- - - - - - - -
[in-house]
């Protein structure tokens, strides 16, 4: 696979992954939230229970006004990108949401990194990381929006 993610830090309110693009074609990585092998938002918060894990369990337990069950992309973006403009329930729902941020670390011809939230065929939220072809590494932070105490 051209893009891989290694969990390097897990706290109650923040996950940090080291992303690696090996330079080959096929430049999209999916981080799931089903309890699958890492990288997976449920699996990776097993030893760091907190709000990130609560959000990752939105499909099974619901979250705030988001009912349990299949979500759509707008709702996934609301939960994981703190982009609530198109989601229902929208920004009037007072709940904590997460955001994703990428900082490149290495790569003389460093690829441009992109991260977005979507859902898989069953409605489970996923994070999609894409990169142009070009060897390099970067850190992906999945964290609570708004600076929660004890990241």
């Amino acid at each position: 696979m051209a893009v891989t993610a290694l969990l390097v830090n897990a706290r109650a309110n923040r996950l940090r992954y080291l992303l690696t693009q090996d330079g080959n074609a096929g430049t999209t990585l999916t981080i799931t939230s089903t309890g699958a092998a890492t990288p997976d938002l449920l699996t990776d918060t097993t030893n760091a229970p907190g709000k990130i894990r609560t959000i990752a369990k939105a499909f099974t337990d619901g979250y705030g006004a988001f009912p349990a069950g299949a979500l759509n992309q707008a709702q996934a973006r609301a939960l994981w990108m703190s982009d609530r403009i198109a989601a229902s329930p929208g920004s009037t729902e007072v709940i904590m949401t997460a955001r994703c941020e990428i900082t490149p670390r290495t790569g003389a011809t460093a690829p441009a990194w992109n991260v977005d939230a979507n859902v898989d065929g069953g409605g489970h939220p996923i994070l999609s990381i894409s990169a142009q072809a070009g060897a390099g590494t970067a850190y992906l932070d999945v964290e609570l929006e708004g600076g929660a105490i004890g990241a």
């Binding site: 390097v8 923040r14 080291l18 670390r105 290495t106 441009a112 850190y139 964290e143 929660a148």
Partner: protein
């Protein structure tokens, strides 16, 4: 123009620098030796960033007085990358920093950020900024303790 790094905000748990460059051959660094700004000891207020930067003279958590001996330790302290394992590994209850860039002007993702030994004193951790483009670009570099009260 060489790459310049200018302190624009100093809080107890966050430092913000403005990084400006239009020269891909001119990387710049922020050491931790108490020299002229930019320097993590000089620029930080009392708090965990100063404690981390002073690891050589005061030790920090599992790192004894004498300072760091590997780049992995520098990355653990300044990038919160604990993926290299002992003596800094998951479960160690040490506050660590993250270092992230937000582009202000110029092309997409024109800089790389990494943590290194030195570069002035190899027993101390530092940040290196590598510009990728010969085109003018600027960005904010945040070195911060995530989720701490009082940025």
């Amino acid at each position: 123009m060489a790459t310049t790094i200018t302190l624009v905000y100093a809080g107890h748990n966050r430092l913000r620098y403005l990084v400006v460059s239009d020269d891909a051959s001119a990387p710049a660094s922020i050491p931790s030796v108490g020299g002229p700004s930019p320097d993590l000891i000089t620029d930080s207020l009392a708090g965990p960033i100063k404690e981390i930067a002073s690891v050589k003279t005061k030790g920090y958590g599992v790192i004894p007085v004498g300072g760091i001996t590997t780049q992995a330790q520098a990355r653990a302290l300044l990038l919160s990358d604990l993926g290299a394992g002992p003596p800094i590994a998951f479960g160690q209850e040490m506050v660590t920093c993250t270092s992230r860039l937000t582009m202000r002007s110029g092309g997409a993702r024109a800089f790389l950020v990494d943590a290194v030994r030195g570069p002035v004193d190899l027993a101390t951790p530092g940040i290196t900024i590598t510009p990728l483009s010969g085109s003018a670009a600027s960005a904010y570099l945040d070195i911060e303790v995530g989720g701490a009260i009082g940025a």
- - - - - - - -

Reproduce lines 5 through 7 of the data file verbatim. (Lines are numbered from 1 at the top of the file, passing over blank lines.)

Partner: protein
């Protein structure tokens, strides 16, 4: 123009620098030796960033007085990358920093950020900024303790 790094905000748990460059051959660094700004000891207020930067003279958590001996330790302290394992590994209850860039002007993702030994004193951790483009670009570099009260 060489790459310049200018302190624009100093809080107890966050430092913000403005990084400006239009020269891909001119990387710049922020050491931790108490020299002229930019320097993590000089620029930080009392708090965990100063404690981390002073690891050589005061030790920090599992790192004894004498300072760091590997780049992995520098990355653990300044990038919160604990993926290299002992003596800094998951479960160690040490506050660590993250270092992230937000582009202000110029092309997409024109800089790389990494943590290194030195570069002035190899027993101390530092940040290196590598510009990728010969085109003018600027960005904010945040070195911060995530989720701490009082940025």
């Amino acid at each position: 123009m060489a790459t310049t790094i200018t302190l624009v905000y100093a809080g107890h748990n966050r430092l913000r620098y403005l990084v400006v460059s239009d020269d891909a051959s001119a990387p710049a660094s922020i050491p931790s030796v108490g020299g002229p700004s930019p320097d993590l000891i000089t620029d930080s207020l009392a708090g965990p960033i100063k404690e981390i930067a002073s690891v050589k003279t005061k030790g920090y958590g599992v790192i004894p007085v004498g300072g760091i001996t590997t780049q992995a330790q520098a990355r653990a302290l300044l990038l919160s990358d604990l993926g290299a394992g002992p003596p800094i590994a998951f479960g160690q209850e040490m506050v660590t920093c993250t270092s992230r860039l937000t582009m202000r002007s110029g092309g997409a993702r024109a800089f790389l950020v990494d943590a290194v030994r030195g570069p002035v004193d190899l027993a101390t951790p530092g940040i290196t900024i590598t510009p990728l483009s010969g085109s003018a670009a600027s960005a904010y570099l945040d070195i911060e303790v995530g989720g701490a009260i009082g940025a």